"Although we are living in the 21st Century,"Mr. Washington would state, "there are some aspects of this business that I do the old fashioned way. I still believe in having someone at the funeral home 24-hours a day." Mr. Washington would always say that Lewis Funeral Home was one of the few Funeral Homes left that has a night attendant. Rodrigus Knight and Reverend Arthur Jackson continue to alternate in the quiet job of working as night attendant in quarters within the funeral home.
Mr. Washington proudly gave credit to his staff and commended their dedication to helping him achieve his goals. "Mrs. Maxey," he said, "an employee of more than 30 years, has seen it all. She remained with the Funeral Home, Mr. Larremore, and me, all the way." She retired in 2002. Another employee that was praised for his dedication was Clarence Baines. "This individual came to us when he was just a boy. He was only 14 and he has been with us every day since, and believe me, he has been my right hand man." Although Clarence has always acted as Washington's main assistant, the position became official in April of 2002, when Mr. Baines was promoted to Manager of Lewis Funeral Home. James Bryant, Sr., the Chief Embalmer, who celebrated his 40th year of service with Lewis Funeral Home on February 17, 2012, is considered the "Best of The Best" in terms of his embalming skills by his peers throughout the United States. Since 1977, Mr. Bryant has served as the preceptor for the San Antonio College Mortuary Science Internship and Clinical Program. Additionally, he along with Clarence Baines, has mentored and trained many students assigned as interns at Lewis Funeral Home by the College of Mortuary Science Department. Upon the death of Robert Washington, Jr., his wife of 42 years, Lois C. Washington took over the business and is now President/General Manager and owner. Tony Ray Hendricks is the firm's Chief Operating Officer.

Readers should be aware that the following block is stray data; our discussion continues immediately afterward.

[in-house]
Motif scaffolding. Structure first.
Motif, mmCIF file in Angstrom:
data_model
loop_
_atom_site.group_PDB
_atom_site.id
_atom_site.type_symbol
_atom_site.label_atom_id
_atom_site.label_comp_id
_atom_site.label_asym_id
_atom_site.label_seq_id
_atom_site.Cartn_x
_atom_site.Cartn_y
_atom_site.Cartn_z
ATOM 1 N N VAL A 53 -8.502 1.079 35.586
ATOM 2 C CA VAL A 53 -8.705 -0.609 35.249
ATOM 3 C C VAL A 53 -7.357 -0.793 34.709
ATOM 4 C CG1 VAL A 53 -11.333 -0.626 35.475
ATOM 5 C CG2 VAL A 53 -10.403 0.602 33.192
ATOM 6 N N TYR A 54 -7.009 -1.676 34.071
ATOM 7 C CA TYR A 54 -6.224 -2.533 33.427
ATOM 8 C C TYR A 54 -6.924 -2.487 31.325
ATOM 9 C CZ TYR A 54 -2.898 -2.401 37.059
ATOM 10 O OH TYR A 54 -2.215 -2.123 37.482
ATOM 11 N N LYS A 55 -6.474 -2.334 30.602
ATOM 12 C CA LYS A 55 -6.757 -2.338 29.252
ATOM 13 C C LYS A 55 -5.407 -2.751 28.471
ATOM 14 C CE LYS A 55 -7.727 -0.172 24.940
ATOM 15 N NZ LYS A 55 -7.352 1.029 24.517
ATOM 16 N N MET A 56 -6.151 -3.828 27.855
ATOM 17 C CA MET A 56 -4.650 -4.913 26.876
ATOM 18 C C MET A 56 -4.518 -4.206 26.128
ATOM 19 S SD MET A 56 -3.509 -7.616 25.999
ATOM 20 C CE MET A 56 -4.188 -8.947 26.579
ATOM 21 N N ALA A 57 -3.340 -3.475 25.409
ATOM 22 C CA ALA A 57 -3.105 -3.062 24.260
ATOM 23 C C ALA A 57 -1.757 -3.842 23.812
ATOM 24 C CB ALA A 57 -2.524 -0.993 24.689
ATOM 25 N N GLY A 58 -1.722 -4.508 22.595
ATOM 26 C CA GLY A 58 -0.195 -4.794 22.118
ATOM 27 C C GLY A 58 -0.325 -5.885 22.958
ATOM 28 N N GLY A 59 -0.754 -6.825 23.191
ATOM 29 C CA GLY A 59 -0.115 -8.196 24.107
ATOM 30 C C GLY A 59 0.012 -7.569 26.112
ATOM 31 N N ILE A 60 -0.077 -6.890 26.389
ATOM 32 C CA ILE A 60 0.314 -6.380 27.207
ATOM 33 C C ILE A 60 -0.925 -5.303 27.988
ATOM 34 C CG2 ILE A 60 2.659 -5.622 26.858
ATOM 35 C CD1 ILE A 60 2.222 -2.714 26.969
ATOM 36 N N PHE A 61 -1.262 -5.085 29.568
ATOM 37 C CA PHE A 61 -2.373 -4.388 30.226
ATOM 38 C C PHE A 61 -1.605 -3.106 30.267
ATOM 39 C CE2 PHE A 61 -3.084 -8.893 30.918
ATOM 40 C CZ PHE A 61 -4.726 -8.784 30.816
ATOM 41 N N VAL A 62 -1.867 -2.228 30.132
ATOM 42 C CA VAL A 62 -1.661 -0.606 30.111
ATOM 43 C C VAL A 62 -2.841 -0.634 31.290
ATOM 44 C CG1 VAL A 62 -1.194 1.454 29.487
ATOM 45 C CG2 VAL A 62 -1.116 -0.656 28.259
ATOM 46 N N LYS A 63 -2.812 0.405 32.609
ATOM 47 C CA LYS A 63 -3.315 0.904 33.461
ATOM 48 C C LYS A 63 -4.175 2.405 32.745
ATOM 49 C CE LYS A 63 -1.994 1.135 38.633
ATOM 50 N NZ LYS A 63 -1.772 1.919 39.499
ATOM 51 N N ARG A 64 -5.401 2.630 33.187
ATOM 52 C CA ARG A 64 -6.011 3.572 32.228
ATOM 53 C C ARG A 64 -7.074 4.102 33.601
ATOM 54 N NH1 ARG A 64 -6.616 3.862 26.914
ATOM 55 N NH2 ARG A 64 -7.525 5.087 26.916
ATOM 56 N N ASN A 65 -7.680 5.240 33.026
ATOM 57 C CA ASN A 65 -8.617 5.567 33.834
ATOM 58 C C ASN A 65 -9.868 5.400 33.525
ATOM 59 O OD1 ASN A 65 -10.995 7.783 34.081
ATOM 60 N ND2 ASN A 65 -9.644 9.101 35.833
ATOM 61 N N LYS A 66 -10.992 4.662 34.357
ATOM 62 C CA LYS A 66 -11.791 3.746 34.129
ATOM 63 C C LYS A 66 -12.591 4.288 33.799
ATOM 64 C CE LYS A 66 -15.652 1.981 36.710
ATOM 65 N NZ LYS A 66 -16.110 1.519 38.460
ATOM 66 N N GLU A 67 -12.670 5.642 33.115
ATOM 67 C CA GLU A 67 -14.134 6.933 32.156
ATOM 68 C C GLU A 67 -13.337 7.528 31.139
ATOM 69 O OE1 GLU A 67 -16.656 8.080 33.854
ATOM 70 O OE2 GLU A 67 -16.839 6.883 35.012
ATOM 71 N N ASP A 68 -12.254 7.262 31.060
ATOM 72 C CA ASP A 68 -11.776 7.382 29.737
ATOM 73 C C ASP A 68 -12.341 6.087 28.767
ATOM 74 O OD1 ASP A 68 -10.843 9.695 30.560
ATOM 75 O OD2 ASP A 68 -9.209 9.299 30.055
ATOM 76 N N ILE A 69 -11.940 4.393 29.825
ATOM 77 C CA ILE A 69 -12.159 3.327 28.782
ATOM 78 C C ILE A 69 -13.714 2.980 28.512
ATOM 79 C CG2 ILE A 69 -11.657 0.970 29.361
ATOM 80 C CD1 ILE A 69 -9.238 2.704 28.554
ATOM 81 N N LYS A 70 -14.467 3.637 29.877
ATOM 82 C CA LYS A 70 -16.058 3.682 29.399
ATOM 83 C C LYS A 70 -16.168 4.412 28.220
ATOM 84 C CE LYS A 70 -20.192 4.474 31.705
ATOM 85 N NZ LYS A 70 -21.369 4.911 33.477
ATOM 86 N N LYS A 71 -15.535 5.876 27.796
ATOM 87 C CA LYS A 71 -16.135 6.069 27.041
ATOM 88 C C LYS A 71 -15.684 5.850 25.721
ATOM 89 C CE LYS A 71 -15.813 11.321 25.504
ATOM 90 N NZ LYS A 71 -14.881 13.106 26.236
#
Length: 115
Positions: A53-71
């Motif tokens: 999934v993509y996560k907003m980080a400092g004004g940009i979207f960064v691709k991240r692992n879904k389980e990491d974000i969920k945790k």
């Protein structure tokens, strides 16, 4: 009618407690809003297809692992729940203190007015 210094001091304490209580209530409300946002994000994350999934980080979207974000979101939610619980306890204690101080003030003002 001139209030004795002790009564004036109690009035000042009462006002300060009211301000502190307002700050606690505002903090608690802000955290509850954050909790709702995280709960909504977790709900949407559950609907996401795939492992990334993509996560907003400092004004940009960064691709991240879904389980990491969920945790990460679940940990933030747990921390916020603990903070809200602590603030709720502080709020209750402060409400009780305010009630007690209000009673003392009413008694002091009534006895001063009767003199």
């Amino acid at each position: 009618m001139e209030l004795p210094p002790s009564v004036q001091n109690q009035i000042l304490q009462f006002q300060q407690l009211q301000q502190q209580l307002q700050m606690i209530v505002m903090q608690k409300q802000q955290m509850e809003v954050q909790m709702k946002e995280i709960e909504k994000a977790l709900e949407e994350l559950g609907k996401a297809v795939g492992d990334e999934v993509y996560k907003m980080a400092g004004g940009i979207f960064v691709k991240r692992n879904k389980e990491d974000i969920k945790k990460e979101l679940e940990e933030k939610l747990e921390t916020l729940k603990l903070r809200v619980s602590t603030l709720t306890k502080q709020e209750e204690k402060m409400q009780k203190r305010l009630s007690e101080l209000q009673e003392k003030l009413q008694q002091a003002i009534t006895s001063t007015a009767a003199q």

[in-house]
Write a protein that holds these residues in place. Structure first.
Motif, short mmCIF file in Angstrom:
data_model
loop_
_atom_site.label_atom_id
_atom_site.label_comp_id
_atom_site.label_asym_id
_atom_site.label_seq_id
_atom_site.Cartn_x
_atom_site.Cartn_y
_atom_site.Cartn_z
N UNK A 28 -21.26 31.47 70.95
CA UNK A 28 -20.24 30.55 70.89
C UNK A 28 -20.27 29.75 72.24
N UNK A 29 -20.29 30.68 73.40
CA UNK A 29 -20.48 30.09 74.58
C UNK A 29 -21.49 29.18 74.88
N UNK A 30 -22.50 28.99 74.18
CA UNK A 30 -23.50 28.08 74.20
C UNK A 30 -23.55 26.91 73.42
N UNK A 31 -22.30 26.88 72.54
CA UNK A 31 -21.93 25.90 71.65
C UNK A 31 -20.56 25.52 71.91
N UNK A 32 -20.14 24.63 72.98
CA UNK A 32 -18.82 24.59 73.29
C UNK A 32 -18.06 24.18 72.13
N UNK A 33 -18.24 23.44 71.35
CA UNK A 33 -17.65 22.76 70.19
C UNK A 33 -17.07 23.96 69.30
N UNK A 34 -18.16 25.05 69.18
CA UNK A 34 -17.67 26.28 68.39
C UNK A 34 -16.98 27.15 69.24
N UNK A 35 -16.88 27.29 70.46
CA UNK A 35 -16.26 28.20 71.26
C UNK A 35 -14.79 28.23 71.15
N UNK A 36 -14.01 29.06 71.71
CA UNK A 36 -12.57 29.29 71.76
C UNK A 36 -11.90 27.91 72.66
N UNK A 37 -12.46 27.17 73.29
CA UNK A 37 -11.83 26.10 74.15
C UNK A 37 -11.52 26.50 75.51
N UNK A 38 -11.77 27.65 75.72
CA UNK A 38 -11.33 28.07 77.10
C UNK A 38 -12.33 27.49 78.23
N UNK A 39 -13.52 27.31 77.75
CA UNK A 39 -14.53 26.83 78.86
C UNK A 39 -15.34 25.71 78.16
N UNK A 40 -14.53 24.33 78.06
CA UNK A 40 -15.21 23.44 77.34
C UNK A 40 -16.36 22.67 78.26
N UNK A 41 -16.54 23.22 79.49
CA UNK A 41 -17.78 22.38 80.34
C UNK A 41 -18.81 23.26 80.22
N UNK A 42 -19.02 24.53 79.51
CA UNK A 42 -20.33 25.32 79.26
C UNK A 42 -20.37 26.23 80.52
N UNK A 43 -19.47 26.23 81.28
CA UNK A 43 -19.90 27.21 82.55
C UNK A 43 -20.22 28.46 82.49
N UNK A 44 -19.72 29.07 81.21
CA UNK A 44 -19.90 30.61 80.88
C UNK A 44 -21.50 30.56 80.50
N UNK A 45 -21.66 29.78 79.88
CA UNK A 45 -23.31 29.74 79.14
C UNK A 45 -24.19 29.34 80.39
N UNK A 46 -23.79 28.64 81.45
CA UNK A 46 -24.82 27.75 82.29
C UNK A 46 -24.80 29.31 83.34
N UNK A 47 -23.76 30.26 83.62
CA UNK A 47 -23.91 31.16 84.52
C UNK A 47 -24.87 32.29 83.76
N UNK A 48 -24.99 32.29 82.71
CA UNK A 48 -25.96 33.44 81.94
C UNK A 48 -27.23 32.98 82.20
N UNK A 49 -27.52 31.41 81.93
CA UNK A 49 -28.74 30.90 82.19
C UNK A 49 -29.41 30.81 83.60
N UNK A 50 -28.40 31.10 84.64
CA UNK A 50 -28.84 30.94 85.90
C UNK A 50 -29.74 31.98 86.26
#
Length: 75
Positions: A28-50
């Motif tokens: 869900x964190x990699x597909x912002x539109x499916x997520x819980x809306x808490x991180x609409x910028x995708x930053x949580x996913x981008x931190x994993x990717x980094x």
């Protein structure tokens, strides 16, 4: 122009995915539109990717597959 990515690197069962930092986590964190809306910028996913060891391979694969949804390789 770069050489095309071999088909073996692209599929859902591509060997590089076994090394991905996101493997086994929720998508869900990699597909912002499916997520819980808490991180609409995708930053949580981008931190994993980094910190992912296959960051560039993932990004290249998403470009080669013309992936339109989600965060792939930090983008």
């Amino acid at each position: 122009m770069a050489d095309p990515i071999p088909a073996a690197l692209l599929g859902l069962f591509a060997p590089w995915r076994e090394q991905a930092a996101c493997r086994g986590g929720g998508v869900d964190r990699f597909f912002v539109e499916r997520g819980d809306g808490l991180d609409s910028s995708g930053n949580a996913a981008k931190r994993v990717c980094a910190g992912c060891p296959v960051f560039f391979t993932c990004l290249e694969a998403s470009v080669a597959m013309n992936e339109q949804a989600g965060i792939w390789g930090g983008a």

The business is still operating under the same principles established by the preceptors: Professionalism, Integrity and Caring.